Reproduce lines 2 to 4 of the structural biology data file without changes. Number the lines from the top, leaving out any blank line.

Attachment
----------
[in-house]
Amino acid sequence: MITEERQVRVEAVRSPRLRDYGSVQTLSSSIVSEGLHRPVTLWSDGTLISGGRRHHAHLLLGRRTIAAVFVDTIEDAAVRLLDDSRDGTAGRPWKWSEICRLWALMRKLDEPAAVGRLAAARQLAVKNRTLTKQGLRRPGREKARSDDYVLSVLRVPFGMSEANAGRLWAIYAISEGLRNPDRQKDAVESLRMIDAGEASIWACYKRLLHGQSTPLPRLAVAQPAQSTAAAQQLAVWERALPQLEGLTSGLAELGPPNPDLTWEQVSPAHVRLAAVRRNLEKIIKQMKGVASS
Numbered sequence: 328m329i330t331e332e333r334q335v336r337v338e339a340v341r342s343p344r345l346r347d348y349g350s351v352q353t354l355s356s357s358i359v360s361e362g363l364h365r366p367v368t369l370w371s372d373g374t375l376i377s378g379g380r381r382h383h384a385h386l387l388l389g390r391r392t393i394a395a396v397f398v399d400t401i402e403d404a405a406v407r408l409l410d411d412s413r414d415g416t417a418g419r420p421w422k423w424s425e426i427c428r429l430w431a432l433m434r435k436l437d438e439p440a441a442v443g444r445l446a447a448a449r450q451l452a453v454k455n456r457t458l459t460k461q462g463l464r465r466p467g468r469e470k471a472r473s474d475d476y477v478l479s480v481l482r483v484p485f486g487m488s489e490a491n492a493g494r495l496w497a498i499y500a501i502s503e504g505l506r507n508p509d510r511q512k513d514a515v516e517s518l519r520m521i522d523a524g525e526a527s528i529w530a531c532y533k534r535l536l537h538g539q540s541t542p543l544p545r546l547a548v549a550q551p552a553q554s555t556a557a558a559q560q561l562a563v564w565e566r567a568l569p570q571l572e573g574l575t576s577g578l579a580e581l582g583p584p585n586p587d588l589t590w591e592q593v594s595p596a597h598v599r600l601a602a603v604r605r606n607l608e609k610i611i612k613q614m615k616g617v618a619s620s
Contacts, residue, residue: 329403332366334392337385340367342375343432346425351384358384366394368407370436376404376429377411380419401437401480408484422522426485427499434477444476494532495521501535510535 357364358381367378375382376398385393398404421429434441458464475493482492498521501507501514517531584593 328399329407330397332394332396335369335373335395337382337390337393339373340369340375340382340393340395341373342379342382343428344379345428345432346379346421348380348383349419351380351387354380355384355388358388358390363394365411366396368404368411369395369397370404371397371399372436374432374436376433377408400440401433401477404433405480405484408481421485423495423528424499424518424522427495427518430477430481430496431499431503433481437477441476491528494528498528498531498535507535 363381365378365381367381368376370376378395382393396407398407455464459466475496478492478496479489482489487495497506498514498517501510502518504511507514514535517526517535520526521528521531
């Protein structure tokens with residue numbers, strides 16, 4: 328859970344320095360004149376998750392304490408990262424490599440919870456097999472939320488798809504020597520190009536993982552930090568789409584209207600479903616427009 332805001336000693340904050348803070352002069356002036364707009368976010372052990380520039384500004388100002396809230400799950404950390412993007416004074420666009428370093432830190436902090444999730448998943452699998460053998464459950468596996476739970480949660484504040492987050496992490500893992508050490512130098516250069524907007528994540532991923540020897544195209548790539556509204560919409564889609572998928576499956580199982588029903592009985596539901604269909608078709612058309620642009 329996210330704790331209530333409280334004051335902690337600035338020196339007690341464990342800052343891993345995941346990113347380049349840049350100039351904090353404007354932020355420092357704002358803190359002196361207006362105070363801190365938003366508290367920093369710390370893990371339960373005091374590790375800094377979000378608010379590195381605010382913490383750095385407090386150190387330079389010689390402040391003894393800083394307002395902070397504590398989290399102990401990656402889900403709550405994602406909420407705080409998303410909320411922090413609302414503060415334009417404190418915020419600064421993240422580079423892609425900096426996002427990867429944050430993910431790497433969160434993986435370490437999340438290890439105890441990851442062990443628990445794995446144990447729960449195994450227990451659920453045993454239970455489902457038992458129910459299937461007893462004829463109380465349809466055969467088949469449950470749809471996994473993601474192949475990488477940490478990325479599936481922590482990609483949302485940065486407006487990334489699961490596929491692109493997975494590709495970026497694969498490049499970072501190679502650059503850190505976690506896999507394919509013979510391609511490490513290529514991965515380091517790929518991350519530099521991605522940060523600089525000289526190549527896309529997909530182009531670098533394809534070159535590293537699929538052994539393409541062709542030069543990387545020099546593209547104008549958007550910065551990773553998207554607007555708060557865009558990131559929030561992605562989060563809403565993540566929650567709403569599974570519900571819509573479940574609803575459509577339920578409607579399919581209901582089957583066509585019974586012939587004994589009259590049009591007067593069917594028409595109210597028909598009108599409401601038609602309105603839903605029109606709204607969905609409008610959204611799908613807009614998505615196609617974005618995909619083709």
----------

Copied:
Amino acid sequence: MITEERQVRVEAVRSPRLRDYGSVQTLSSSIVSEGLHRPVTLWSDGTLISGGRRHHAHLLLGRRTIAAVFVDTIEDAAVRLLDDSRDGTAGRPWKWSEICRLWALMRKLDEPAAVGRLAAARQLAVKNRTLTKQGLRRPGREKARSDDYVLSVLRVPFGMSEANAGRLWAIYAISEGLRNPDRQKDAVESLRMIDAGEASIWACYKRLLHGQSTPLPRLAVAQPAQSTAAAQQLAVWERALPQLEGLTSGLAELGPPNPDLTWEQVSPAHVRLAAVRRNLEKIIKQMKGVASS
Numbered sequence: 328m329i330t331e332e333r334q335v336r337v338e339a340v341r342s343p344r345l346r347d348y349g350s351v352q353t354l355s356s357s358i359v360s361e362g363l364h365r366p367v368t369l370w371s372d373g374t375l376i377s378g379g380r381r382h383h384a385h386l387l388l389g390r391r392t393i394a395a396v397f398v399d400t401i402e403d404a405a406v407r408l409l410d411d412s413r414d415g416t417a418g419r420p421w422k423w424s425e426i427c428r429l430w431a432l433m434r435k436l437d438e439p440a441a442v443g444r445l446a447a448a449r450q451l452a453v454k455n456r457t458l459t460k461q462g463l464r465r466p467g468r469e470k471a472r473s474d475d476y477v478l479s480v481l482r483v484p485f486g487m488s489e490a491n492a493g494r495l496w497a498i499y500a501i502s503e504g505l506r507n508p509d510r511q512k513d514a515v516e517s518l519r520m521i522d523a524g525e526a527s528i529w530a531c532y533k534r535l536l537h538g539q540s541t542p543l544p545r546l547a548v549a550q551p552a553q554s555t556a557a558a559q560q561l562a563v564w565e566r567a568l569p570q571l572e573g574l575t576s577g578l579a580e581l582g583p584p585n586p587d588l589t590w591e592q593v594s595p596a597h598v599r600l601a602a603v604r605r606n607l608e609k610i611i612k613q614m615k616g617v618a619s620s
Contacts, residue, residue: 329403332366334392337385340367342375343432346425351384358384366394368407370436376404376429377411380419401437401480408484422522426485427499434477444476494532495521501535510535 357364358381367378375382376398385393398404421429434441458464475493482492498521501507501514517531584593 328399329407330397332394332396335369335373335395337382337390337393339373340369340375340382340393340395341373342379342382343428344379345428345432346379346421348380348383349419351380351387354380355384355388358388358390363394365411366396368404368411369395369397370404371397371399372436374432374436376433377408400440401433401477404433405480405484408481421485423495423528424499424518424522427495427518430477430481430496431499431503433481437477441476491528494528498528498531498535507535 363381365378365381367381368376370376378395382393396407398407455464459466475496478492478496479489482489487495497506498514498517501510502518504511507514514535517526517535520526521528521531